After trenchant opposition to legalising same-sex marriage in Canberra, Liberal Leader Jeremy Hanson is now calling for the change nationally, saying same-sex couples should not be denied the chance to marry.
Mr Hanson said he had been "somewhat conflicted" on the issue in the past, but his views had evolved over time, from speaking with gay friends and family and others in the wider community.
The time had come to legalise same-sex marriage, he said, when asked his views this week, in light of the national debate.
"I value marriage as an institution and I don't think that it should be denied to couples based on whether they are same sex or not. If a loving couple wish to get married, I don't think they should be denied that right."
Mr Hanson said his preference was for a plebiscite on the question, which he believed would be carried and would ensure the community's support. But in the absence of a plebiscite, the change should nevertheless be made by the Commonwealth Parliament.
Mr Hanson's Liberal team is divided on the issue, with Andrew Wall opposed to legalising same-sex marriage. Mr Wall said he had significant concerns about opponents facing discrimination complaints because they refused to cater for a same-sex wedding, or host one in their venue.
"What protection is there going to be for anyone else in the community who doesn't agree?" he asked.
"This is a conscience issue and I think people should be extended the right to exercise their own beliefs ... My concern is for those people who do hold reservations about it being able to continue to hold those reservations without being dragged through the courts for discrimination."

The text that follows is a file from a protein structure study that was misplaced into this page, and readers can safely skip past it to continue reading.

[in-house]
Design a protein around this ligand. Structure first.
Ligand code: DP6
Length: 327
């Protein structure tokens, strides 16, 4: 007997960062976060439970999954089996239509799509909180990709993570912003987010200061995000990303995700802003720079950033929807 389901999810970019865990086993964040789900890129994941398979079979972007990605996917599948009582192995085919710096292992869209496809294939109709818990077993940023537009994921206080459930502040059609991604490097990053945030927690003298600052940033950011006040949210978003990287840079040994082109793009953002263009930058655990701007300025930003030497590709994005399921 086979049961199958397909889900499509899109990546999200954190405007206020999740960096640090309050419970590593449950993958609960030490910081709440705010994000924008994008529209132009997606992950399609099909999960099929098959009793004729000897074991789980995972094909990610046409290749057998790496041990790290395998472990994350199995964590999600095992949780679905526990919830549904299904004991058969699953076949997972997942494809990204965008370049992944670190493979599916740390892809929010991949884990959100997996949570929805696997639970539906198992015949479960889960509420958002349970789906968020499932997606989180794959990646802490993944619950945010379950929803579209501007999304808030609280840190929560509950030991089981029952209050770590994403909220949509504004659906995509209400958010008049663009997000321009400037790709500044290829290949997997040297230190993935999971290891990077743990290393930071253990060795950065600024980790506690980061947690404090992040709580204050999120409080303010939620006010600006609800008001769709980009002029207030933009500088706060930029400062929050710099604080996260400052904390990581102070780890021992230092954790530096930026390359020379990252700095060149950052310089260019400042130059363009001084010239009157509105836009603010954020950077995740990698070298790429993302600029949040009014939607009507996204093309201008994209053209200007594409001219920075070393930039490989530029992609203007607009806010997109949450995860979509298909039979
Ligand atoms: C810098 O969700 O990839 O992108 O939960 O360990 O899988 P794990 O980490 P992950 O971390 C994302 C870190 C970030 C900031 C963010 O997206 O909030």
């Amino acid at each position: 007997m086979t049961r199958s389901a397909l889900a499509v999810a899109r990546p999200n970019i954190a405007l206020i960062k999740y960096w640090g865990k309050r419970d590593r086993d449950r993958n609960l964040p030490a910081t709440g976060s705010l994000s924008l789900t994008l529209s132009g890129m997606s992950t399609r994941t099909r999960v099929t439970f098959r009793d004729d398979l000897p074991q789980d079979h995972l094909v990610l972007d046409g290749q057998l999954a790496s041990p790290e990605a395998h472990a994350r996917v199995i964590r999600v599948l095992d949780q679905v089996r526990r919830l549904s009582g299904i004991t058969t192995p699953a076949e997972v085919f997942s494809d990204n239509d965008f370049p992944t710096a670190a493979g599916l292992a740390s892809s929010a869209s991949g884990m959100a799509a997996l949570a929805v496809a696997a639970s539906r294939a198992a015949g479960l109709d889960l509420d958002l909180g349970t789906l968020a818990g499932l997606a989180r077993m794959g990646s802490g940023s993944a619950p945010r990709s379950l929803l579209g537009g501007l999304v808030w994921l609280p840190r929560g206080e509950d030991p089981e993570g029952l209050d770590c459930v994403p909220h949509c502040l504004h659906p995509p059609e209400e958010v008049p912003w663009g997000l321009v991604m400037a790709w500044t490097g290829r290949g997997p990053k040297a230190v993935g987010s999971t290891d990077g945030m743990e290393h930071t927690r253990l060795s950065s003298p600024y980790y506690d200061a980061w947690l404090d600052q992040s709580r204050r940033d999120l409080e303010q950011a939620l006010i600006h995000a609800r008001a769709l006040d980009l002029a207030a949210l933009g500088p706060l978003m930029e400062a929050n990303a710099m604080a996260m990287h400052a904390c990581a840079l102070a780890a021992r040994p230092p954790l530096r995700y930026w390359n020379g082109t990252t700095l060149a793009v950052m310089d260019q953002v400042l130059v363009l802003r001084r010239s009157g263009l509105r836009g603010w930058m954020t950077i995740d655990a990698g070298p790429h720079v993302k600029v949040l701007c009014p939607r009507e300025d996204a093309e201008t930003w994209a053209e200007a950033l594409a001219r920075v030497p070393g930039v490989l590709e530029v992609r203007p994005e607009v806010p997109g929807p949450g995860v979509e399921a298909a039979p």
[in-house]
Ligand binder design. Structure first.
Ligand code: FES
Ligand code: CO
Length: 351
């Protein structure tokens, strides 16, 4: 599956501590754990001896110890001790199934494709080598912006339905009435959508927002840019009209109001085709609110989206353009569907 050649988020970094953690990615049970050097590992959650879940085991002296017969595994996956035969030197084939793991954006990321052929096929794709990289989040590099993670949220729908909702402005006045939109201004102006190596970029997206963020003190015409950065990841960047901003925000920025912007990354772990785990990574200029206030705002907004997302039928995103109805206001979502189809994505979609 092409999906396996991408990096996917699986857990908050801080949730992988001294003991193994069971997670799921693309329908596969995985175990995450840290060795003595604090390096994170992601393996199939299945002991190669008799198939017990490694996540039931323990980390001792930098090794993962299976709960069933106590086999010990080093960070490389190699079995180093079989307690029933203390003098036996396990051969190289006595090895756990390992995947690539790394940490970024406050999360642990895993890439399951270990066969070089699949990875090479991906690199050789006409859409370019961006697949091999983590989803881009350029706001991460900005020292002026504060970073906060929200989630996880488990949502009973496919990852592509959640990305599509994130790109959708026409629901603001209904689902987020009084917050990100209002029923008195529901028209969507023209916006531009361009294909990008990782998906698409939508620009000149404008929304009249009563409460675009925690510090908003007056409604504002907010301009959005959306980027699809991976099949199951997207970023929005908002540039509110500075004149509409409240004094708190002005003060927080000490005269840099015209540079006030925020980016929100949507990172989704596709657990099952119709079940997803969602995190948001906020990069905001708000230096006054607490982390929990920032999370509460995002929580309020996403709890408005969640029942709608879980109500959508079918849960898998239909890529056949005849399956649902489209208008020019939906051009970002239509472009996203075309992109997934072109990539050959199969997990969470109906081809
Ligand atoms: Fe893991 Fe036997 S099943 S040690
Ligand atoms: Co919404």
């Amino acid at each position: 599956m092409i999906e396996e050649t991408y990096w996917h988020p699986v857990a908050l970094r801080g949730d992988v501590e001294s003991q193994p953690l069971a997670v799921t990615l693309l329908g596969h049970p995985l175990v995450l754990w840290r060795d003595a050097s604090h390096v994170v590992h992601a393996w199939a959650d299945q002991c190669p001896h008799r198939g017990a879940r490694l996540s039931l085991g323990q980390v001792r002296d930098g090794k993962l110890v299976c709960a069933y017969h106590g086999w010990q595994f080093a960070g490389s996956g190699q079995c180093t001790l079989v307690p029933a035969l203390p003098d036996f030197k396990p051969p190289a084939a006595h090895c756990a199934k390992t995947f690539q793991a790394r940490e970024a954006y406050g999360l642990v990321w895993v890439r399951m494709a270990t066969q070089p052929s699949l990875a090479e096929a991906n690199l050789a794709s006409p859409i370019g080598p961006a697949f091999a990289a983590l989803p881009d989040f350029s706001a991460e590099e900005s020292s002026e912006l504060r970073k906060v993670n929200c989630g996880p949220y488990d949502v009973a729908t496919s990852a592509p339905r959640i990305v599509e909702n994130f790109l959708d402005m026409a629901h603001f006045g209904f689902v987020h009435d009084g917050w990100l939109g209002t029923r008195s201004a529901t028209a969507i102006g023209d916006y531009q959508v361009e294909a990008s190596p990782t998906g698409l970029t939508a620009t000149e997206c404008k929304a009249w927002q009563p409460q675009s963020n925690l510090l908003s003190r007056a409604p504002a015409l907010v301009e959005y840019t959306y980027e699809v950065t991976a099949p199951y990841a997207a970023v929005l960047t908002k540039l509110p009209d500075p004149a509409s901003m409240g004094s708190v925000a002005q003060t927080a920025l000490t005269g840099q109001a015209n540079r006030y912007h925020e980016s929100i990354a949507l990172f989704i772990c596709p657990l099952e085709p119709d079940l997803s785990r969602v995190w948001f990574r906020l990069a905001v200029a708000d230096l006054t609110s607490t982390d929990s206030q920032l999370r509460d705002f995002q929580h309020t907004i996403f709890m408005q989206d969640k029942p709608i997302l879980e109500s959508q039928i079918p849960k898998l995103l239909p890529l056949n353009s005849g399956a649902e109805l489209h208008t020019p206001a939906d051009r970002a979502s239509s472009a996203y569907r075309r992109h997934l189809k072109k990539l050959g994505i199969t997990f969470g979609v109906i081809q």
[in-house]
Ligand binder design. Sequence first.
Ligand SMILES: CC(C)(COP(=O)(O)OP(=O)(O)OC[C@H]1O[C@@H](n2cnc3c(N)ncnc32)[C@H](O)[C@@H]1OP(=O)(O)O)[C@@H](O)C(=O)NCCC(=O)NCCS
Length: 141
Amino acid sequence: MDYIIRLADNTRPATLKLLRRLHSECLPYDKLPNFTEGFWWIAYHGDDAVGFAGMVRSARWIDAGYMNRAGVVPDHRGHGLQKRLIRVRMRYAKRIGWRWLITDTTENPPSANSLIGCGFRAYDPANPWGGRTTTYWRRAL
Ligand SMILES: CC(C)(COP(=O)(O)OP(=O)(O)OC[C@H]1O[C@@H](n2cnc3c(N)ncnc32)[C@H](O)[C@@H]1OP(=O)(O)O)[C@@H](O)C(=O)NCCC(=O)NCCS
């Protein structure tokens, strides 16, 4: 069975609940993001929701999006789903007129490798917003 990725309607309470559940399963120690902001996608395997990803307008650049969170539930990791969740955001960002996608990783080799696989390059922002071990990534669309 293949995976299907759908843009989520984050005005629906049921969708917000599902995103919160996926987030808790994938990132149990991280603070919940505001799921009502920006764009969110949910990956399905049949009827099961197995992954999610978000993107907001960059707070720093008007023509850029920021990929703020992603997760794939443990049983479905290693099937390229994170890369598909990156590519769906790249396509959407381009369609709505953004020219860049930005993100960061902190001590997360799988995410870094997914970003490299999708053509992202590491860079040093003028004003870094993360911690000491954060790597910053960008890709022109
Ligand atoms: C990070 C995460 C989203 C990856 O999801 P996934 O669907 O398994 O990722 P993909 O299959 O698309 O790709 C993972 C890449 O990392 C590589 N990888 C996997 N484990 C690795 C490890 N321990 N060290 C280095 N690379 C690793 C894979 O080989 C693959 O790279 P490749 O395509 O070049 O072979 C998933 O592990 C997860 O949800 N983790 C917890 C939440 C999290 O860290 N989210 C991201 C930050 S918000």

Mr Wall supports the call from Liberal Senator for Canberra Zed Seselja for a plebiscite, and believed it would be defeated.
"I'm of the belief that Australia as a whole still isn't ready for it," he said.
Liberal colleague Nicole Lawder, though, is a strong advocate and said she was pleased for same-sex marriage might finally be enacted by the Federal Parliament. She revealed that she asked Mr Hanson about the possibility of a conscience vote for Liberals in 2013 when Labor moved to enact same-sex marriage – legislation that was opposed by the Liberals and later overturned by the High Court. Mr Hanson did not allow a conscience vote, but the pair agreed he would name her in the chamber as a supporter of same-sex marriage.
It had been "pretty hard" to vote no in 2013, and a number of people had asked her "why didn't I stand up at the time", she said. But she had accepted it was flawed legislation and same-sex marriage was for the Federal, not the ACT Parliament.
The television program Married at First Sight, in which couples agree to marry after being matched by a television production house, made a mockery of arguments against same-sex marriage, when people who had made a genuine commitment to each other over many years weren't afforded the same rights, she said.
"I think the tide is shifting as it does with many of these social issues," she said. "I don't understand why there's a lot of resistance to the issue. Many of my contemporaries and certainly those of my children just take it as a given that there will be marriage equality. And I fear that the longer we delay, as a nation we are going to end up on the wrong side of history."
Ms Lawder questioned Mr Wall's suggestion that people opposed to same-sex marriage should have the right to refuse to cater for same-sex events, pointing to similar arguments during debate about mixed-race marriages.
Ms Lawder supported a conscience vote among Liberal parliamentarians and said she would also support a plebiscite.
Of the other Liberals, Steve Doszpot would not give his view, but said he supported a plebiscite. Alistair Coe, Vicki Dunne and Giulia Jones are all opposed, although Ms Jones said she supported a plebiscite, where she would vote no. Brendan Smyth said he would support a plebiscite, but had "reservations" about changing the marriage law.
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